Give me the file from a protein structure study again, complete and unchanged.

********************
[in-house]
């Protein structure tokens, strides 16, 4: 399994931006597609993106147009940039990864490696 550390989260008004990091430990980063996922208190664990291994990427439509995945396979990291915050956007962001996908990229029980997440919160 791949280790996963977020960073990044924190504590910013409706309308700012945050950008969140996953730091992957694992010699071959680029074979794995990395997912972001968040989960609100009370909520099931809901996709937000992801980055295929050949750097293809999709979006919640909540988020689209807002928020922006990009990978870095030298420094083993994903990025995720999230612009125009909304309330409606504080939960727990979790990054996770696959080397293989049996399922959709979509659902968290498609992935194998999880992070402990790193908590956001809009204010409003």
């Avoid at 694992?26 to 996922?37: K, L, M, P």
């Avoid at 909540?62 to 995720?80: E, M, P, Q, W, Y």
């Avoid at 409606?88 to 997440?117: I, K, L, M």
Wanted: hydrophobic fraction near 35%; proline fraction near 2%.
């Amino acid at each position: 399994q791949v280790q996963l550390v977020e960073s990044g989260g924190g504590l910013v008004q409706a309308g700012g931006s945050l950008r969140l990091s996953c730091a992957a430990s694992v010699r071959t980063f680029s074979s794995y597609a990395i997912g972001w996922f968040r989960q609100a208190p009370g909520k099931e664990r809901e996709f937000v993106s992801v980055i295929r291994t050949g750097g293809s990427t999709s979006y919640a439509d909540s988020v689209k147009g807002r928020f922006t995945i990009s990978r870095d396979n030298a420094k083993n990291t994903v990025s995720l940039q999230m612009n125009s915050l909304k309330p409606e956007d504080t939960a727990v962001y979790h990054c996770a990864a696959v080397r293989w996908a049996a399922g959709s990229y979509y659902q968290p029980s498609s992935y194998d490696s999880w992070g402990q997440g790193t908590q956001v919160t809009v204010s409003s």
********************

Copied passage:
[in-house]
């Protein structure tokens, strides 16, 4: 399994931006597609993106147009940039990864490696 550390989260008004990091430990980063996922208190664990291994990427439509995945396979990291915050956007962001996908990229029980997440919160 791949280790996963977020960073990044924190504590910013409706309308700012945050950008969140996953730091992957694992010699071959680029074979794995990395997912972001968040989960609100009370909520099931809901996709937000992801980055295929050949750097293809999709979006919640909540988020689209807002928020922006990009990978870095030298420094083993994903990025995720999230612009125009909304309330409606504080939960727990979790990054996770696959080397293989049996399922959709979509659902968290498609992935194998999880992070402990790193908590956001809009204010409003």
């Avoid at 694992?26 to 996922?37: K, L, M, P």
């Avoid at 909540?62 to 995720?80: E, M, P, Q, W, Y």
């Avoid at 409606?88 to 997440?117: I, K, L, M």
Wanted: hydrophobic fraction near 35%; proline fraction near 2%.
């Amino acid at each position: 399994q791949v280790q996963l550390v977020e960073s990044g989260g924190g504590l910013v008004q409706a309308g700012g931006s945050l950008r969140l990091s996953c730091a992957a430990s694992v010699r071959t980063f680029s074979s794995y597609a990395i997912g972001w996922f968040r989960q609100a208190p009370g909520k099931e664990r809901e996709f937000v993106s992801v980055i295929r291994t050949g750097g293809s990427t999709s979006y919640a439509d909540s988020v689209k147009g807002r928020f922006t995945i990009s990978r870095d396979n030298a420094k083993n990291t994903v990025s995720l940039q999230m612009n125009s915050l909304k309330p409606e956007d504080t939960a727990v962001y979790h990054c996770a990864a696959v080397r293989w996908a049996a399922g959709s990229y979509y659902q968290p029980s498609s992935y194998d490696s999880w992070g402990q997440g790193t908590q956001v919160t809009v204010s409003s």